Should Panthers be worried? Ask McNabb
April, 4, 2014
By David Newton | ESPN.com
AP Photo/Dave MartinDonovan McNabb says there is reason to be concerned about the lack of weapons around Panthers quarterback Cam Newton.COLUMBIA, S.C. -- Former NFL quarterback Donovan McNabb is a big fan of Carolina Panthers quarterback Cam Newton. He's not a big fan of Carolina's free-agency strategy that left the 2011 Heisman Trophy winner without his top four wide receivers from last season.
"Oh, I would be worried," McNabb told ESPN.com on Wednesday before South Carolina defensive end Jadeveon Clowney began his pro day. "First of all, I didn't have a top wide receiver until pretty much T.O. [Terrell Owens] got there.
"For him, I'm just wondering what they are doing to build around him. You lose Brandon LaFell, you lose Steve Smith, Ted Ginn's gone. All you have at this point is Greg Olsen."
Olsen is Carolina's tight end, who led the team in receptions last season with 73.
I reminded McNabb, now an analyst for Fox Sports, that0 Carolina signed Pittsburgh Steelers free agent Jerricho Cotchery. He didn't seem impressed.
"Greg Olsen," he reiterated as Newton's only legitimate weapon.
McNabb wasn't suggesting the Panthers should have gone after former Philadelphia Eagles teammate DeSean Jackson, who signed with Washington after being cut last week.
He respects the opinions of Carolina coach Ron Rivera and defensive coordinator Sean McDermott, who were with him during parts of his career in Philly.
"But you've still got to give him some help," he said of Newton. "The quarterback is only as good as the people around him. If you don't ever want him to throw to a player that can create big plays out of the passing game, it's not going to go well."
And to Rivera's argument that the Panthers don't have to have a bona fide No. 1 receiver to be successful, McNabb simply rolled his eyes.
"I hate when teams [say] that," McNabb said. "Who are they, Bill Belichick and the Patriots now?"
McNabb's best example is himself. Let's go back to his comment that he didn't have a true No. 1 until Owens arrived in Philadelphia in 2004.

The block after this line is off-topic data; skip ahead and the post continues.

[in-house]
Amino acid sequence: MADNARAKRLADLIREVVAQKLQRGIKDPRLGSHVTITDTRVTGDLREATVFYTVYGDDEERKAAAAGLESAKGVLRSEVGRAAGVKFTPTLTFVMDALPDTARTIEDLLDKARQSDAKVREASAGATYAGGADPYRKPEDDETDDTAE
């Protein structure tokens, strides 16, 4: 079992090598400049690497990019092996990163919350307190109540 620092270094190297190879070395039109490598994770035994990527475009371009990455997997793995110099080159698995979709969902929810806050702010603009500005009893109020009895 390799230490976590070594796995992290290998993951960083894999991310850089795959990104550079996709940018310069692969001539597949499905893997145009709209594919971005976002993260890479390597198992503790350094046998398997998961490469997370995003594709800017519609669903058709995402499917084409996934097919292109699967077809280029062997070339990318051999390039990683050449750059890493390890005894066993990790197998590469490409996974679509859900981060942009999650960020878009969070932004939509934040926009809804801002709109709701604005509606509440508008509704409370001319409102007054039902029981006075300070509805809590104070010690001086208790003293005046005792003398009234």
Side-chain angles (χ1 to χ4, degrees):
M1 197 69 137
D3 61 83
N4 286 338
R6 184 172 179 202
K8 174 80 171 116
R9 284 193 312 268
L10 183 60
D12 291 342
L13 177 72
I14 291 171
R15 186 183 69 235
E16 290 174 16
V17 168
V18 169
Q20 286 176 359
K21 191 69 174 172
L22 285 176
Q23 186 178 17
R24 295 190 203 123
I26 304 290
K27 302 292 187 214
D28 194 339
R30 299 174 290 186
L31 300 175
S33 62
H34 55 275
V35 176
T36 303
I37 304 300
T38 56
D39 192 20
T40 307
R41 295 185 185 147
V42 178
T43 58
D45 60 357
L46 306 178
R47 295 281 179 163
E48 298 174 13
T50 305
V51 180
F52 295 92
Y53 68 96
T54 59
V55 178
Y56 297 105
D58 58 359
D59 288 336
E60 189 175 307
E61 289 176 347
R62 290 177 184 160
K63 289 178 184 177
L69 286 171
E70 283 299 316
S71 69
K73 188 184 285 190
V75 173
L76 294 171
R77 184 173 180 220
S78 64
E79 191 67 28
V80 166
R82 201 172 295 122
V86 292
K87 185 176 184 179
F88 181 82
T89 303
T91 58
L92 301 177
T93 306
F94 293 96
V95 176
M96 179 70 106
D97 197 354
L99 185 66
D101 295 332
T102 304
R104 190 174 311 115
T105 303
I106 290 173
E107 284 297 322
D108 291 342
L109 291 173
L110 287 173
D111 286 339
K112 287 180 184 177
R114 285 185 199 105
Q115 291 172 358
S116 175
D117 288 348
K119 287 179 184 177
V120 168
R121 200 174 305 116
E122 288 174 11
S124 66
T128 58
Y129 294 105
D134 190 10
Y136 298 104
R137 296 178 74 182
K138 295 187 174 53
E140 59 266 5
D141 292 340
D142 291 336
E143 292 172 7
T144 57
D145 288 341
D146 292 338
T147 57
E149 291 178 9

In the two seasons before Owens, McNabb threw a combined 33 touchdown passes. With Owens, he completed a career-high 64 percent of his passes for a career-high 31 touchdowns and 3,875 yards.
He also ran less that season -- 41 times for 202 yards after averaging 69.8 carries and 447.8 yards rushing in his first five seasons.
To further the argument, McNabb had two of his better seasons late in his career with Jackson in 2008 and 2009.
"[A receiver] doesn't have to be considered a No. 1, but in their offense you need a top dog," McNabb said of Carolina. "We've seen what Steve Smith can do in that offense. We've seen how LaFell has been able to get catches off of Steve Smith.
"What are they going to get them off? Jerricho Cotchery? What was Jerricho Cotchery in Pittsburgh? A No. 4? A 3?"
To be fair, Cotchery caught a career-high 10 touchdown passes last season. He was also the third or fourth receiver.
Regardless, McNabb is concerned about the Carolina passing game. But he's not concerned with Newton, who is out approximately four months recovering from recent surgery to tighten tendons in his left ankle.
He recalled overcoming a broken right ankle in 2002 to be stronger than ever.
"The biggest thing is they're going to benefit from making the playoffs," McNabb said. A record of "12-4 is not easy. What did they do? Win eight straight? That says a lot, and the quarterback is responsible for that."
McNabb likes where Newton is mentally, and that Newton no longer feels the urgency to do it all on the field. But will that change due to the loss of weapons from last season?
"It's just a minor setback," McNabb said of the surgery. "He'll be ready for training camp, which is good. Obviously, it's going to take some time to recover. But Rivera understands how to slowly put him in that arena, that progression to be right.
"He's still a franchise quarterback."
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